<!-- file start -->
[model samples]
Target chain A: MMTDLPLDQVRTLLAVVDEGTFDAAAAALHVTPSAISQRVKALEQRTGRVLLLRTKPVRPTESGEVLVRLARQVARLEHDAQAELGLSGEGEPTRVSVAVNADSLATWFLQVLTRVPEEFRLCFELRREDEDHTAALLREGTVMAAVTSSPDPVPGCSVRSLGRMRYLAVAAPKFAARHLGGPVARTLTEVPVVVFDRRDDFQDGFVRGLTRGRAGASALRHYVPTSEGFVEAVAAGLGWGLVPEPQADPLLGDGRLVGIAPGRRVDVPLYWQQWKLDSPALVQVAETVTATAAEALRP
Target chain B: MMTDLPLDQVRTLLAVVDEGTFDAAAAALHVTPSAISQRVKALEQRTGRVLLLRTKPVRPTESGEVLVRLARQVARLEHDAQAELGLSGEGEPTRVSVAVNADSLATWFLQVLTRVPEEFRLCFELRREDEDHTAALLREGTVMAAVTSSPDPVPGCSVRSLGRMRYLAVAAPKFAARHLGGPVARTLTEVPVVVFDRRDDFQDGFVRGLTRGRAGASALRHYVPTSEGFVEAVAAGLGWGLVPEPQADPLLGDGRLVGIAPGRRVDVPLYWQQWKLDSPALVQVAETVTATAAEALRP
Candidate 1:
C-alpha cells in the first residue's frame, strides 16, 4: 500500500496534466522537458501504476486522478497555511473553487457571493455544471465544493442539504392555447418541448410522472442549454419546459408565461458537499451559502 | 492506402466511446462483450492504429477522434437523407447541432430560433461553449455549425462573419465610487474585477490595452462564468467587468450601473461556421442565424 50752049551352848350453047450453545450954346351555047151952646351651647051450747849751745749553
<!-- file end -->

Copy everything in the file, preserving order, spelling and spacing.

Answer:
[model samples]
Target chain A: MMTDLPLDQVRTLLAVVDEGTFDAAAAALHVTPSAISQRVKALEQRTGRVLLLRTKPVRPTESGEVLVRLARQVARLEHDAQAELGLSGEGEPTRVSVAVNADSLATWFLQVLTRVPEEFRLCFELRREDEDHTAALLREGTVMAAVTSSPDPVPGCSVRSLGRMRYLAVAAPKFAARHLGGPVARTLTEVPVVVFDRRDDFQDGFVRGLTRGRAGASALRHYVPTSEGFVEAVAAGLGWGLVPEPQADPLLGDGRLVGIAPGRRVDVPLYWQQWKLDSPALVQVAETVTATAAEALRP
Target chain B: MMTDLPLDQVRTLLAVVDEGTFDAAAAALHVTPSAISQRVKALEQRTGRVLLLRTKPVRPTESGEVLVRLARQVARLEHDAQAELGLSGEGEPTRVSVAVNADSLATWFLQVLTRVPEEFRLCFELRREDEDHTAALLREGTVMAAVTSSPDPVPGCSVRSLGRMRYLAVAAPKFAARHLGGPVARTLTEVPVVVFDRRDDFQDGFVRGLTRGRAGASALRHYVPTSEGFVEAVAAGLGWGLVPEPQADPLLGDGRLVGIAPGRRVDVPLYWQQWKLDSPALVQVAETVTATAAEALRP
Candidate 1:
C-alpha cells in the first residue's frame, strides 16, 4: 500500500496534466522537458501504476486522478497555511473553487457571493455544471465544493442539504392555447418541448410522472442549454419546459408565461458537499451559502 | 492506402466511446462483450492504429477522434437523407447541432430560433461553449455549425462573419465610487474585477490595452462564468467587468450601473461556421442565424 50752049551352848350453047450453545450954346351555047151952646351651647051450747849751745749553